In his painting Pissarro remained faithful to the principles of his father’s impressionism, and he was of the same generation as the first impressionist painters in Britain, such as Sickert and Philip Wilson Steer. Almost all of his paintings depict the landscape, and he worked directly in front of his subject, whether out of doors or looking through a window. The five paintings in Tate’s collection are typical of this kind of work. They do not include the more luminous neo-impressionist works he had made in France before 1890 nor one of his few portraits, almost all of which were of his family. His choice of subjects shows his liking for modest sites in the countryside of southern England, and for the effects of weather and sunshine. Pissarro became a British citizen in July 1916.
Pissarro held his first solo exhibition at the Carfax Gallery in May 1913. Throughout the 1920s and 1930s his work was exhibited widely, occasionally in conjunction with that of his father and daughter,10 and he began showing at the Royal Academy in 1934. Memorial exhibitions of his paintings and wood-engravings were held at the Leicester Galleries in London in 1946 and 1947.11 After his death in Somerset on 10 July 1944 his vast family archive was offered by Esther to the Ashmolean Museum, Oxford, where a new print room had recently been built, and it was accepted by the Keeper, Karl Parker, in 1950. The art historian Anne Thorold arranged and published this material in the 1980s and 1990s,12 and the Pissarro study room there was opened, complying with Parker’s undertaking to the family.

David Fraser Jenkins and Helena Bonett
February 2011


Reproduced at Kröller-Müller Museum, Otterlo,, accessed 22 February 2011.
Reproduced at, accessed 23 February 2011.
Walter Sickert, ‘Whitechapel’, New Age, 28 May 1914, p.83, in Anna Gruetzner Robins (ed.), Walter Sickert: The Complete Writings on Art, Oxford 2000, p.371.
Reproduced in Anne Thorold, A Catalogue of the Oil Paintings of Lucien Pissarro, London 1983, no.7.
Lucien Pissarro, letter to J.B. Manson, 20 November 1913, Pissarro Papers, Ashmolean Museum, Oxford. Quoted in Wendy Baron, Perfect Moderns: A History of the Camden Town Group, Aldershot and Vermont 2000, p.64.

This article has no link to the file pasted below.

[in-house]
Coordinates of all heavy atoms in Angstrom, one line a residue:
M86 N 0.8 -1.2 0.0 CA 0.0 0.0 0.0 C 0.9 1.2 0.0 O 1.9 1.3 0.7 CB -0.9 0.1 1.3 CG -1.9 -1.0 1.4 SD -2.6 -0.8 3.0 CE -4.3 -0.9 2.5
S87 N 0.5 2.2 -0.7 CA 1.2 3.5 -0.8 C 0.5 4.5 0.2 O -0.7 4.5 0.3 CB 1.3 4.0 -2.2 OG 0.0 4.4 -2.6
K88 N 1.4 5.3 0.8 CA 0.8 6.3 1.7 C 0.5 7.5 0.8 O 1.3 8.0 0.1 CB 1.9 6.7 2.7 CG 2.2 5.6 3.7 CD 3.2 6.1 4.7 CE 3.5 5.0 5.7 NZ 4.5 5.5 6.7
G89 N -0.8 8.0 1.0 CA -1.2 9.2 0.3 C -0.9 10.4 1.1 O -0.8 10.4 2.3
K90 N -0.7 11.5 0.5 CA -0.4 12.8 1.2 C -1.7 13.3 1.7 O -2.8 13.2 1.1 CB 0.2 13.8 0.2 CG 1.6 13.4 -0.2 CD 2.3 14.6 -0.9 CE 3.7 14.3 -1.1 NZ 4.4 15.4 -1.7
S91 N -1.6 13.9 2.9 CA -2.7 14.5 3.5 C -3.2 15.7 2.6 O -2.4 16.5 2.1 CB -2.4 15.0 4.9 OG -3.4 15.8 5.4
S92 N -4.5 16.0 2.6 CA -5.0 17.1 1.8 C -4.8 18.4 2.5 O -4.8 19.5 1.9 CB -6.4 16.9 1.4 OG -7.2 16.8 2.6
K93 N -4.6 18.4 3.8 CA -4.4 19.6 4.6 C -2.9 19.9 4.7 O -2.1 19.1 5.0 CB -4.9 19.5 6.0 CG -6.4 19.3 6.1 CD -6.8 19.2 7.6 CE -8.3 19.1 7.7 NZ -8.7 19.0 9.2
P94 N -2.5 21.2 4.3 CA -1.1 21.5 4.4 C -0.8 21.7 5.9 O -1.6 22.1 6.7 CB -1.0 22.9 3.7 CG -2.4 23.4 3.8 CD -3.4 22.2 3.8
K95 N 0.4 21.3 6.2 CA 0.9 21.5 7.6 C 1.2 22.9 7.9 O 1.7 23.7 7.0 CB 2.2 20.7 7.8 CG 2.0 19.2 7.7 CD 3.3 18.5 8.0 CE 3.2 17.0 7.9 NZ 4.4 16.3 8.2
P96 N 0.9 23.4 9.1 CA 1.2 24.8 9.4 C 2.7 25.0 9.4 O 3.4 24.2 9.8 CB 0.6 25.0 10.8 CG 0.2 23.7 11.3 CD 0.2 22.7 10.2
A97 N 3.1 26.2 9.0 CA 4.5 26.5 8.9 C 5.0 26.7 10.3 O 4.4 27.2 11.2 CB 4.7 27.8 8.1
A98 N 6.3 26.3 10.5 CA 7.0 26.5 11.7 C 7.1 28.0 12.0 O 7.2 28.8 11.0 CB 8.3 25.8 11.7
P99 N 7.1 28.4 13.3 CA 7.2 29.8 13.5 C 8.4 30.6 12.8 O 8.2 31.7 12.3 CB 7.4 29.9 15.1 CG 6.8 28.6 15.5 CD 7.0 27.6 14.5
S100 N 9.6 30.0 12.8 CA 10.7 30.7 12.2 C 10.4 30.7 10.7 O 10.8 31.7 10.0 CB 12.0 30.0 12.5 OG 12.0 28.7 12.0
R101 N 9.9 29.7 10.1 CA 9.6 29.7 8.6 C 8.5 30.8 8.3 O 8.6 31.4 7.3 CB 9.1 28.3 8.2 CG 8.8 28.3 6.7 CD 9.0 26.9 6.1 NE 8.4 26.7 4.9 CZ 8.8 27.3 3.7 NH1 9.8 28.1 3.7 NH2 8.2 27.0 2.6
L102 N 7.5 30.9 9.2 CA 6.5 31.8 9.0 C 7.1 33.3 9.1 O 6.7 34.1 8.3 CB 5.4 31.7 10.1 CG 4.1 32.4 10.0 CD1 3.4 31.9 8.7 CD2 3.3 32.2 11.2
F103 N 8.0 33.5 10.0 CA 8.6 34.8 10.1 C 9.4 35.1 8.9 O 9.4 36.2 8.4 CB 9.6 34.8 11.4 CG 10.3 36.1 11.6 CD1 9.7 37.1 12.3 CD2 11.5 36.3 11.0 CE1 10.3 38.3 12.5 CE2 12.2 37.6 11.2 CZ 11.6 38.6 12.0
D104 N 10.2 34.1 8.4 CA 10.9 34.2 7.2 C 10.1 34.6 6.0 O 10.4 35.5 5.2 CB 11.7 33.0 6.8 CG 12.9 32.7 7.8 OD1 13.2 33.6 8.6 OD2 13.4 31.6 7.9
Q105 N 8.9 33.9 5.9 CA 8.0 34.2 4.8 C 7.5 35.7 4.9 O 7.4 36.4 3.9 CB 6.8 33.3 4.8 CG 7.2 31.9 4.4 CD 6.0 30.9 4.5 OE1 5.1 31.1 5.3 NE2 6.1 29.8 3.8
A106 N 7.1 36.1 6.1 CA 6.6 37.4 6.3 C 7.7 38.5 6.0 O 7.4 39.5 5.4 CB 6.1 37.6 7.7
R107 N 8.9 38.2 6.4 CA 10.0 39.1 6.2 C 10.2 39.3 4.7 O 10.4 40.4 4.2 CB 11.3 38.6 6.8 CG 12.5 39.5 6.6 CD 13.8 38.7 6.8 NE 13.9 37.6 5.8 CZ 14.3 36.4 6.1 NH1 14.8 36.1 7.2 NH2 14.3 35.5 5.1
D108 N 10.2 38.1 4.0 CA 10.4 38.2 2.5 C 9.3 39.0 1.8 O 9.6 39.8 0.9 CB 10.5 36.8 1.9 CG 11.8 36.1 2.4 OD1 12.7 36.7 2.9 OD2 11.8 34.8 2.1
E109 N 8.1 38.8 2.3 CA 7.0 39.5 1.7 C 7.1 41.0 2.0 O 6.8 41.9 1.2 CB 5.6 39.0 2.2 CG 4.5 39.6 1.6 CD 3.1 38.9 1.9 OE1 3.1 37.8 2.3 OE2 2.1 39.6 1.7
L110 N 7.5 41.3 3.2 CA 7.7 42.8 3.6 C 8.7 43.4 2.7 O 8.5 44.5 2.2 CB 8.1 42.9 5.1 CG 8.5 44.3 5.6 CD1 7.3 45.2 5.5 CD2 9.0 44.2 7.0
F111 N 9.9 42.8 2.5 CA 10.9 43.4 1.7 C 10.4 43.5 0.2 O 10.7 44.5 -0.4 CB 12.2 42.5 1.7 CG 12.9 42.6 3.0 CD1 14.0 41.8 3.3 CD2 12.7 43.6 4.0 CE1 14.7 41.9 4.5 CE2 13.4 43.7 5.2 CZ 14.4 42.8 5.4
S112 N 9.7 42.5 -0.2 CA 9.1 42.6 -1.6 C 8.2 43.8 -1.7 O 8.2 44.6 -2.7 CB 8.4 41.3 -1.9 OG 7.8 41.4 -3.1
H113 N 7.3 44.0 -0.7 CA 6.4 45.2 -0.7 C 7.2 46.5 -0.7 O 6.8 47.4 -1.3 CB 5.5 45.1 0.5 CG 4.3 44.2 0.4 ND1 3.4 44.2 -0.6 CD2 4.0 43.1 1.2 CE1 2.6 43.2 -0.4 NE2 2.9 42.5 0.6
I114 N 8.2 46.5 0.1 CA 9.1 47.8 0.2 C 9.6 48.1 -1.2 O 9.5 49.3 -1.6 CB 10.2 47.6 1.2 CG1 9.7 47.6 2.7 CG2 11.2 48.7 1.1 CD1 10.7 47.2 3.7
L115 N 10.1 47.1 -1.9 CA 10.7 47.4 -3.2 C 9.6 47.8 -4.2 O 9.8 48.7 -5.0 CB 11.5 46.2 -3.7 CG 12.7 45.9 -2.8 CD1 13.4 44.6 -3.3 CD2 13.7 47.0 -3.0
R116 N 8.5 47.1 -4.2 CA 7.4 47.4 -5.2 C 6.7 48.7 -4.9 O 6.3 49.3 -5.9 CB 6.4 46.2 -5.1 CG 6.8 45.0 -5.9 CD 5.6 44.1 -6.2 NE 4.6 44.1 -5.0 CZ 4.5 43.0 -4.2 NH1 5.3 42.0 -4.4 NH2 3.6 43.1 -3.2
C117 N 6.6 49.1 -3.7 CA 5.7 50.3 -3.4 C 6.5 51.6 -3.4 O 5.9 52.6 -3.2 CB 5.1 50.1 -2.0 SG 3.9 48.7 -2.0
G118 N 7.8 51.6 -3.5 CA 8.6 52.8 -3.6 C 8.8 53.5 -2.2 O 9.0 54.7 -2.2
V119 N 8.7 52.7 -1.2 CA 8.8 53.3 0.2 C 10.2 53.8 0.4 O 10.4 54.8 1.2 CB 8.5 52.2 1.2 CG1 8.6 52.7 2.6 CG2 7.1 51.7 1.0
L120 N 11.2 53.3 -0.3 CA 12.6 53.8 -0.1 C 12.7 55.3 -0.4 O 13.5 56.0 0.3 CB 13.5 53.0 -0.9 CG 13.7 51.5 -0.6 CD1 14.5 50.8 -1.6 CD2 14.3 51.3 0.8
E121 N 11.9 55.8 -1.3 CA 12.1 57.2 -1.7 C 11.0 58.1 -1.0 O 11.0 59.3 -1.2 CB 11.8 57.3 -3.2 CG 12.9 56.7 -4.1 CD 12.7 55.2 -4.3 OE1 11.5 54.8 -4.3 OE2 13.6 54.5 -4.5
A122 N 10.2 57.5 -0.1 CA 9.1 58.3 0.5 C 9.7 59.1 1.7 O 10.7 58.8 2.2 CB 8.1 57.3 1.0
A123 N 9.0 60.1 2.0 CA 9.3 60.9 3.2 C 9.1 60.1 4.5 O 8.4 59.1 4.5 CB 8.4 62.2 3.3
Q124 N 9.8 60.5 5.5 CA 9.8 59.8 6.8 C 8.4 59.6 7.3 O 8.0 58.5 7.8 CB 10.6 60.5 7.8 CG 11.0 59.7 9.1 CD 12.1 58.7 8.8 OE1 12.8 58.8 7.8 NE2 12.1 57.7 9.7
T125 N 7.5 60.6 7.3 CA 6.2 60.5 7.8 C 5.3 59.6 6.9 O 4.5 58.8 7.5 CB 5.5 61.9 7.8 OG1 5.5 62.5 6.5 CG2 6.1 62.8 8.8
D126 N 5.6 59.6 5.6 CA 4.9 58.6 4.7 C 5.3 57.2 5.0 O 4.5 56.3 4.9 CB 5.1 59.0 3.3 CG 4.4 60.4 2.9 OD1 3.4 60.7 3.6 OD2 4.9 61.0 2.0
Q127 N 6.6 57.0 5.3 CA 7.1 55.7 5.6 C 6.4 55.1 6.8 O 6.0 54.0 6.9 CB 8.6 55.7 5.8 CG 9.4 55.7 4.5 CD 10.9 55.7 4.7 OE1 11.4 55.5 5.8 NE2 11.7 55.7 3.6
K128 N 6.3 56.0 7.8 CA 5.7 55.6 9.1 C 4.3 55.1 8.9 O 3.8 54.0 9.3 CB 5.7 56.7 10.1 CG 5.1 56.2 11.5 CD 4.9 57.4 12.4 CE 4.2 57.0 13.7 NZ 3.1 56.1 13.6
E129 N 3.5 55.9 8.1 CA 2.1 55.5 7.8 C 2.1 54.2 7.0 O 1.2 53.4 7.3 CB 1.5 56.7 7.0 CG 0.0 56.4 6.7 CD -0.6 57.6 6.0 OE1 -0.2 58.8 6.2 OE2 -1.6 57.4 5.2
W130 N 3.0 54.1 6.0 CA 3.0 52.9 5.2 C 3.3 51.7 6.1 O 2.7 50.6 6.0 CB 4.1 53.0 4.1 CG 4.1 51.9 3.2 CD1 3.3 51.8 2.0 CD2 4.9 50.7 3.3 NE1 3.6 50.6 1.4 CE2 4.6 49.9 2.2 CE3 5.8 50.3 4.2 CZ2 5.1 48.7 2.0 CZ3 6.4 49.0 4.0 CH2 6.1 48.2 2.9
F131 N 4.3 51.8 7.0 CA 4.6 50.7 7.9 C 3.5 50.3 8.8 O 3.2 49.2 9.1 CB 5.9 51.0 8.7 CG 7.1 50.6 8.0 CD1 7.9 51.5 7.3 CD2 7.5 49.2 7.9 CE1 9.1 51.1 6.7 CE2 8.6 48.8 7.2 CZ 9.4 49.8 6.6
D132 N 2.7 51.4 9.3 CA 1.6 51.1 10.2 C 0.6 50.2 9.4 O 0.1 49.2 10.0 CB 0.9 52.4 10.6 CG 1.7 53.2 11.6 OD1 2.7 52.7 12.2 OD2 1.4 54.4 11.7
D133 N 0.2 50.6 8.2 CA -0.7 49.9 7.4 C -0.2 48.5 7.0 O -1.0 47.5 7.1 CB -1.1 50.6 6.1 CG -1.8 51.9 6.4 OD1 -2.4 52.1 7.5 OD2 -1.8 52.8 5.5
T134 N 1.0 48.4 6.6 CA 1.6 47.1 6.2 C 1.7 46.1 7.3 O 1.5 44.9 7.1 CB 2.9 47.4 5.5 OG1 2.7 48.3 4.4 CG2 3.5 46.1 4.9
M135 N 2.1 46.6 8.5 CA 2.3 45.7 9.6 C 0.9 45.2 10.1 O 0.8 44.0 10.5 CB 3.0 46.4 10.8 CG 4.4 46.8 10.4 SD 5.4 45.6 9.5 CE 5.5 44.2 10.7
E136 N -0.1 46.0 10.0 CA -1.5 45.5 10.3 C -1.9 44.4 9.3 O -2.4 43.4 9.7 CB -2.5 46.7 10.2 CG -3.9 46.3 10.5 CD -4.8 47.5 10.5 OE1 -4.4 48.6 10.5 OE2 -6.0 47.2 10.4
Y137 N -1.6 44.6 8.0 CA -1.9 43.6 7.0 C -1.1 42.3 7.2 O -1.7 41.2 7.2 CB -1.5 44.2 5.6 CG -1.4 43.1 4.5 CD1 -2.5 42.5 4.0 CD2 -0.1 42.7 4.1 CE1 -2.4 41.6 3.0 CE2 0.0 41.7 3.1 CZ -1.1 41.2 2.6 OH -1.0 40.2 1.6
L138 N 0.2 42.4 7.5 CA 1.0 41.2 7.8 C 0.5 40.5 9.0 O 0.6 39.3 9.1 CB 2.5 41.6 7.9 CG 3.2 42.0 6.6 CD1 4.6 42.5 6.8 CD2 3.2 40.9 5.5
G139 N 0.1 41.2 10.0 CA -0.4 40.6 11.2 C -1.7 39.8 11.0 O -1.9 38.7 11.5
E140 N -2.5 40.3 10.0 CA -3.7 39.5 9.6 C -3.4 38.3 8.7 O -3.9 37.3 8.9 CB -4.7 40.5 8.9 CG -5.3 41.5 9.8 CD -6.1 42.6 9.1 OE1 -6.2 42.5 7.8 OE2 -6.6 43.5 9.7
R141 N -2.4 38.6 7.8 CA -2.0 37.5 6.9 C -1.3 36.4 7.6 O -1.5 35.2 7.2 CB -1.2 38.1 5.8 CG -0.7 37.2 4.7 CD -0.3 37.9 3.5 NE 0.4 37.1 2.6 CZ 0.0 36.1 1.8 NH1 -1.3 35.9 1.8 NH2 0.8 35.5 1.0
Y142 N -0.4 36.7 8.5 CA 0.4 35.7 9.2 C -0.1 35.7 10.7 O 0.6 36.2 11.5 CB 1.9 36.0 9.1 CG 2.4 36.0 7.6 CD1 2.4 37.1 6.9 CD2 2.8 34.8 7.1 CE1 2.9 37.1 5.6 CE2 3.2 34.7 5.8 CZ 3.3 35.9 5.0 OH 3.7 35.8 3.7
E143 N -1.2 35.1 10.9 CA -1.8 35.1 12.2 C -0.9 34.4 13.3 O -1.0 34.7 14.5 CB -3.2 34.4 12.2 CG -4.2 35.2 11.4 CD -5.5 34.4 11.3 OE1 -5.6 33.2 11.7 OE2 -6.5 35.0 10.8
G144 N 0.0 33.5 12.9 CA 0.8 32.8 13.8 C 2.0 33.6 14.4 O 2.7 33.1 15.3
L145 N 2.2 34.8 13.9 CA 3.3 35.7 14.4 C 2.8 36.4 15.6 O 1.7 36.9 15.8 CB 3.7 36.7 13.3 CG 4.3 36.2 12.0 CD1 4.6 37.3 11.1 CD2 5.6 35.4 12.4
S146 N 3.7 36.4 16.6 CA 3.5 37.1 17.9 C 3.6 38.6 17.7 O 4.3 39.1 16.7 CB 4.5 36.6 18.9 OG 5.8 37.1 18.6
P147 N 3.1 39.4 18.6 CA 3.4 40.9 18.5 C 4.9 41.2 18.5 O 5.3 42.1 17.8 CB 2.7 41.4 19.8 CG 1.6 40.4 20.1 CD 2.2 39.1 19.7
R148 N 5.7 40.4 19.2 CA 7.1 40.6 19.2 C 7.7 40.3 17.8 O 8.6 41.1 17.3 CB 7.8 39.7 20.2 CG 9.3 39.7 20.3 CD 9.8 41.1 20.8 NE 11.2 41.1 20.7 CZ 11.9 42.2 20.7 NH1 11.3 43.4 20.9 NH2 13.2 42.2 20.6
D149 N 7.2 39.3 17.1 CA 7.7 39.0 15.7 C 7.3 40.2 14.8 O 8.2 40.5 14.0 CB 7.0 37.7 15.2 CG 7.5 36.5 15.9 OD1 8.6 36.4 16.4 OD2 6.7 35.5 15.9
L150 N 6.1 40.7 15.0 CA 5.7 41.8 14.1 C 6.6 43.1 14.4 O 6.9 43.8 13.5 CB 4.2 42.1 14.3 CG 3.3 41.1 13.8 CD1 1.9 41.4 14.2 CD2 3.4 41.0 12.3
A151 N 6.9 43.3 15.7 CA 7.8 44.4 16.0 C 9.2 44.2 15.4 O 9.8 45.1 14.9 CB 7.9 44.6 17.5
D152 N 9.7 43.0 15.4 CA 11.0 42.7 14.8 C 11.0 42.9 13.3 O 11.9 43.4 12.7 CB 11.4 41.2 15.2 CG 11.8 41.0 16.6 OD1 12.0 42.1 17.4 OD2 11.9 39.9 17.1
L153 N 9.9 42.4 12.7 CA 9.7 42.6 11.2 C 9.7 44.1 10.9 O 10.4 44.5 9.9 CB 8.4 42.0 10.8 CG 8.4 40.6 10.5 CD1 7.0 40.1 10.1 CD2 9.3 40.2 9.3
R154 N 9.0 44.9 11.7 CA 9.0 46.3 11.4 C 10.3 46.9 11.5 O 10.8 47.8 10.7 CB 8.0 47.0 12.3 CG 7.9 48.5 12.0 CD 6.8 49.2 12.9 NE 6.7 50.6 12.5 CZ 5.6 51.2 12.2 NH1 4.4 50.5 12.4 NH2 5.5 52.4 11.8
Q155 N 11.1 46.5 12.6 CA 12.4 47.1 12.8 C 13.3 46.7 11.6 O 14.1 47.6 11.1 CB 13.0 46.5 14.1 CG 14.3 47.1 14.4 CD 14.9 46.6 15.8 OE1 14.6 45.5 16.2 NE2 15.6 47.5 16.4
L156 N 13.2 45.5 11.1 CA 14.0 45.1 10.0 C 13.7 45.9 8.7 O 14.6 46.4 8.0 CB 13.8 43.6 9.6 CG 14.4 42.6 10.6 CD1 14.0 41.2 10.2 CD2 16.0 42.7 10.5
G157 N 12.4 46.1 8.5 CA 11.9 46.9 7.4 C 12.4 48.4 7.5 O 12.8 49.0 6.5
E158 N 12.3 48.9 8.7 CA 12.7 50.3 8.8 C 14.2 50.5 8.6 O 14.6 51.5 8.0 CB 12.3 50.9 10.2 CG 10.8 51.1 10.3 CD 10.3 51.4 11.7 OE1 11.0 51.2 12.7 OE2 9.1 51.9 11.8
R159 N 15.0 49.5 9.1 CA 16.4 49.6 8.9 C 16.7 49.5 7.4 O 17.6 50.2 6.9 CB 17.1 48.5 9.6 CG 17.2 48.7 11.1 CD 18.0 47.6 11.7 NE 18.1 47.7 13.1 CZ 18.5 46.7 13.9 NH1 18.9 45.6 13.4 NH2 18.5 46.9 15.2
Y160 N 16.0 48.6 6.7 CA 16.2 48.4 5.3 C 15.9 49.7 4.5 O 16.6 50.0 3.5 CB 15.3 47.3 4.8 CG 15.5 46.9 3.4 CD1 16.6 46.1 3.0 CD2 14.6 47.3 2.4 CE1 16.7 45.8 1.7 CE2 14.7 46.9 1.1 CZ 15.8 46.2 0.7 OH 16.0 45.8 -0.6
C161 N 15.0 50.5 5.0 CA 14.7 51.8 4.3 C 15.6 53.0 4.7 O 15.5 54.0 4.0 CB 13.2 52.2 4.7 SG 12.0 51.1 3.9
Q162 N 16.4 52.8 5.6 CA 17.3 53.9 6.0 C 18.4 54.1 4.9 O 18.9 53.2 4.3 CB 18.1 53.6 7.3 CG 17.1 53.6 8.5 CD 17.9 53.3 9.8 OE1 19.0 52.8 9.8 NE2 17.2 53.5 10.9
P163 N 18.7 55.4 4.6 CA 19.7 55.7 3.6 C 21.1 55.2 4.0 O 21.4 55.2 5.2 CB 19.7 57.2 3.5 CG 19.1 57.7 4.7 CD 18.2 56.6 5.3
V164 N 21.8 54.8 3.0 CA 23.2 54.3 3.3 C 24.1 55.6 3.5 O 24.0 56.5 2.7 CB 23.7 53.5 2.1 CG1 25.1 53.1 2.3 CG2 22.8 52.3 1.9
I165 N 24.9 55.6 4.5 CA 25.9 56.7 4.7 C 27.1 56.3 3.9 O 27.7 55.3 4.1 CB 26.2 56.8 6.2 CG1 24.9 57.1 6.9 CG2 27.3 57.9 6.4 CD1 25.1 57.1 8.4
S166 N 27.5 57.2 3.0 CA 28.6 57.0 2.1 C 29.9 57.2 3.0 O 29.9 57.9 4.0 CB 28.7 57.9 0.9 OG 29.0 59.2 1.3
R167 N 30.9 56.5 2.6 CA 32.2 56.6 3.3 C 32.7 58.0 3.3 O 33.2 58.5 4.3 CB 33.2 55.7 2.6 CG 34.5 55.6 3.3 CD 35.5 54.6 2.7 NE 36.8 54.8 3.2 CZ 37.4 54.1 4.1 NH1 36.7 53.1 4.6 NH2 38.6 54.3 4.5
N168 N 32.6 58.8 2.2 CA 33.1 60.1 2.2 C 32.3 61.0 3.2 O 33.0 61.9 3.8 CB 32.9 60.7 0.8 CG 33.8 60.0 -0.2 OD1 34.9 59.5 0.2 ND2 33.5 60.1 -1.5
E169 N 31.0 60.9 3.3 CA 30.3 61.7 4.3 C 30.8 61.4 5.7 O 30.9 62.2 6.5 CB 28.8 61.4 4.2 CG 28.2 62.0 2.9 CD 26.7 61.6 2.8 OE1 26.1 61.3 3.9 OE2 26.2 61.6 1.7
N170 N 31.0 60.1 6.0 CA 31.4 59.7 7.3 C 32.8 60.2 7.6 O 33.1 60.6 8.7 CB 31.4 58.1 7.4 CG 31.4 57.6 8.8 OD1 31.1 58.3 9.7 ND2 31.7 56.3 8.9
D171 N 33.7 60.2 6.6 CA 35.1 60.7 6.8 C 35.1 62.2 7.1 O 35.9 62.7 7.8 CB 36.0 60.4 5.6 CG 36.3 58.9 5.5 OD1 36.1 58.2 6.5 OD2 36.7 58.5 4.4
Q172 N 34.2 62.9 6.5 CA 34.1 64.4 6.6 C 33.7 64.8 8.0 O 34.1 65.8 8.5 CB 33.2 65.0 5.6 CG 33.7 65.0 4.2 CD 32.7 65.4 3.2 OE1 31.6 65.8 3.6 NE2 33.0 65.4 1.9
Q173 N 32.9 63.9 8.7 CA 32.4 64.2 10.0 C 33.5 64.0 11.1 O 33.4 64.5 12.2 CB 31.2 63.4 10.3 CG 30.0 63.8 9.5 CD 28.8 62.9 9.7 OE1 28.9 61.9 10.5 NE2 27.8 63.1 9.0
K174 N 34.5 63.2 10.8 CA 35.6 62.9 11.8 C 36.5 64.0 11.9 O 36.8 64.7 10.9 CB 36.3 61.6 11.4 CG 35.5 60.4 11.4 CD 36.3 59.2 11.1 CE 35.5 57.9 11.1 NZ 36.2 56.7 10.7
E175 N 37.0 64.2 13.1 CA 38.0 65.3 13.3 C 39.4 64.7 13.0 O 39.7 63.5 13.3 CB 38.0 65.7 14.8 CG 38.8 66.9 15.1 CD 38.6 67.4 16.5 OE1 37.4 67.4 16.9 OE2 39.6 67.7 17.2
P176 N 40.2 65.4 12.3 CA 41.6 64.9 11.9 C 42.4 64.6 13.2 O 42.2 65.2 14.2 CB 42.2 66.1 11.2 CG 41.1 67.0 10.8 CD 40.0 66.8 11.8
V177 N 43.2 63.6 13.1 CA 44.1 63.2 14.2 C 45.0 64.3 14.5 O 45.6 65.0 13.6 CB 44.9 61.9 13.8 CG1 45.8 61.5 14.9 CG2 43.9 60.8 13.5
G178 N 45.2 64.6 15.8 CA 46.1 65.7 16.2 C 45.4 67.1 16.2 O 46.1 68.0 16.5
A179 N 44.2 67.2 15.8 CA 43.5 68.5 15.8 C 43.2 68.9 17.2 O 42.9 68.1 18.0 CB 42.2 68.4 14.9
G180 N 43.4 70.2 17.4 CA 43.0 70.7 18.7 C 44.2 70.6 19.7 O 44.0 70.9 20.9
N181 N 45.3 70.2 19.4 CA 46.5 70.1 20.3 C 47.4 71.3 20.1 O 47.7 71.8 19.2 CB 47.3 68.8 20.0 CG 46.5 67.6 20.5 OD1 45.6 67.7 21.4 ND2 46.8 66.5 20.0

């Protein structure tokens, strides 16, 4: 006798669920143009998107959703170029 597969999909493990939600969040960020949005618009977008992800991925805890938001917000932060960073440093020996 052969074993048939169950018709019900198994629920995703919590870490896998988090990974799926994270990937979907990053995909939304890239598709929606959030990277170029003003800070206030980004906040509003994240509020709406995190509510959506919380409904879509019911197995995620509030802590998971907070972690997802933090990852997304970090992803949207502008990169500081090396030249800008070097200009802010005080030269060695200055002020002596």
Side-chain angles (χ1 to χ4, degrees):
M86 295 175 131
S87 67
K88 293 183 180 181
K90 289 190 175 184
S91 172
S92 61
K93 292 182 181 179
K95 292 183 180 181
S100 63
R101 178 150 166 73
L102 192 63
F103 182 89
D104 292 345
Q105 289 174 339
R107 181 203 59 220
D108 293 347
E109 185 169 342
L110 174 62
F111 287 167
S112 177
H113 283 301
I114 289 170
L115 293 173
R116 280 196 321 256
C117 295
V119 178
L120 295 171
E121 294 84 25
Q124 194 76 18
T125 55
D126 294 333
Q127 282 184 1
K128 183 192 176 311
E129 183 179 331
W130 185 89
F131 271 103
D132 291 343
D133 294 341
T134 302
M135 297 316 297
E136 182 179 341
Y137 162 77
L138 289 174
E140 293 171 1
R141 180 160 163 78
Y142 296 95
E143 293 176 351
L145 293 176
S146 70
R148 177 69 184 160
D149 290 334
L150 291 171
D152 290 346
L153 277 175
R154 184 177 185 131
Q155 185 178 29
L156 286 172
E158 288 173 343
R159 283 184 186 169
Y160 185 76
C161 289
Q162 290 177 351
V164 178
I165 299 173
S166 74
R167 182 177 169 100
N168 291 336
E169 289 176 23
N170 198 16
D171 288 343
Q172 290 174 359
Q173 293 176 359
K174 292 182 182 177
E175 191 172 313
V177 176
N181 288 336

J.B. Manson, ‘Lucien Pissarro’s Wood-Engravings’, Imprint, April 1913, and J.B. Manson, ‘Some Notes on the Painting of Lucien Pissarro’, Studio, vol.69, 15 November 1916.
Pissarro, letter to Manson, 20 November 1913, Pissarro Papers, Ashmolean Museum, Oxford. Quoted in Baron 2000, p.64.
From 1961 the work has been housed in the National Gallery, London, NG3908. John Leighton and Richard Thomson, Seurat and the Bathers, exhibition catalogue, National Gallery, London 1997, p.8.
The three works were transferred from the National Gallery to the Tate Gallery in 1950.
Pissarro et ses fils, Galerie Marcel Bernheim, Paris, 30 November–13 December 1934. Three Generations of Pissarro: Camille, Lucien, Orovida, CEMA, London, February 1943. Three Generations of Pissarro: Camille, Lucien, Orovida. Paintings and Drawings by Lord Methuen, Leicester Galleries, London, June 1943.
Memorial Exhibition of Paintings and Water-colours by Lucien Pissarro, 1863–1944, Leicester Galleries, London, January 1946. Lucien Pissarro (1863–1944). Part II of the Memorial Exhibition: Wood-engravings, Drawings, and Books for the Eragny Press, Leicester Galleries, London, December 1947.
Anne Thorold, A Catalogue of the Oil Paintings of Lucien Pissarro, London 1983, and Anne Thorold (ed.), The Letters of Lucien to Camille Pissarro, 1883–1903, Cambridge 1993.

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How to cite

David Fraser Jenkins and Helena Bonett, ‘Lucien Pissarro 1863–1944’, artist biography, February 2011, in Helena Bonett, Ysanne Holt, Jennifer Mundy (eds.), The Camden Town Group in Context, Tate Research Publication, May 2012,, accessed 24 May 2024.